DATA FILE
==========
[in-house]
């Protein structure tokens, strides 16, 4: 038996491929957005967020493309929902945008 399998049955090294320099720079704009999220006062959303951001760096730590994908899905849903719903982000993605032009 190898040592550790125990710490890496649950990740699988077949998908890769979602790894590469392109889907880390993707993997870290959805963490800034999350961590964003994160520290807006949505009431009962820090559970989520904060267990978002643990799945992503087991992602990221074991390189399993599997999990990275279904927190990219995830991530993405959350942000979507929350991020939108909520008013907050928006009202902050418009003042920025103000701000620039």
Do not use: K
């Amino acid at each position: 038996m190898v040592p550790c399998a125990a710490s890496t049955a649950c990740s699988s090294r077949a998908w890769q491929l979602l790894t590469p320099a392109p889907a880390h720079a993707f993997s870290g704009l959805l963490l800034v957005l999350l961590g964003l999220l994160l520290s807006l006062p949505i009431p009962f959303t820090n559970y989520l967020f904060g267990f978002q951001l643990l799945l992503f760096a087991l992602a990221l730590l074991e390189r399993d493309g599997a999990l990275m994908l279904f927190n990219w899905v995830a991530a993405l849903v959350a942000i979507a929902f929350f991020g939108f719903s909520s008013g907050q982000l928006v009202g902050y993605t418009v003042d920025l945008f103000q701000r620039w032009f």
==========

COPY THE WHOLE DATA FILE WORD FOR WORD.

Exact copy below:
[in-house]
């Protein structure tokens, strides 16, 4: 038996491929957005967020493309929902945008 399998049955090294320099720079704009999220006062959303951001760096730590994908899905849903719903982000993605032009 190898040592550790125990710490890496649950990740699988077949998908890769979602790894590469392109889907880390993707993997870290959805963490800034999350961590964003994160520290807006949505009431009962820090559970989520904060267990978002643990799945992503087991992602990221074991390189399993599997999990990275279904927190990219995830991530993405959350942000979507929350991020939108909520008013907050928006009202902050418009003042920025103000701000620039």
Do not use: K
């Amino acid at each position: 038996m190898v040592p550790c399998a125990a710490s890496t049955a649950c990740s699988s090294r077949a998908w890769q491929l979602l790894t590469p320099a392109p889907a880390h720079a993707f993997s870290g704009l959805l963490l800034v957005l999350l961590g964003l999220l994160l520290s807006l006062p949505i009431p009962f959303t820090n559970y989520l967020f904060g267990f978002q951001l643990l799945l992503f760096a087991l992602a990221l730590l074991e390189r399993d493309g599997a999990l990275m994908l279904f927190n990219w899905v995830a991530a993405l849903v959350a942000i979507a929902f929350f991020g939108f719903s909520s008013g907050q982000l928006v009202g902050y993605t418009v003042d920025l945008f103000q701000r620039w032009f």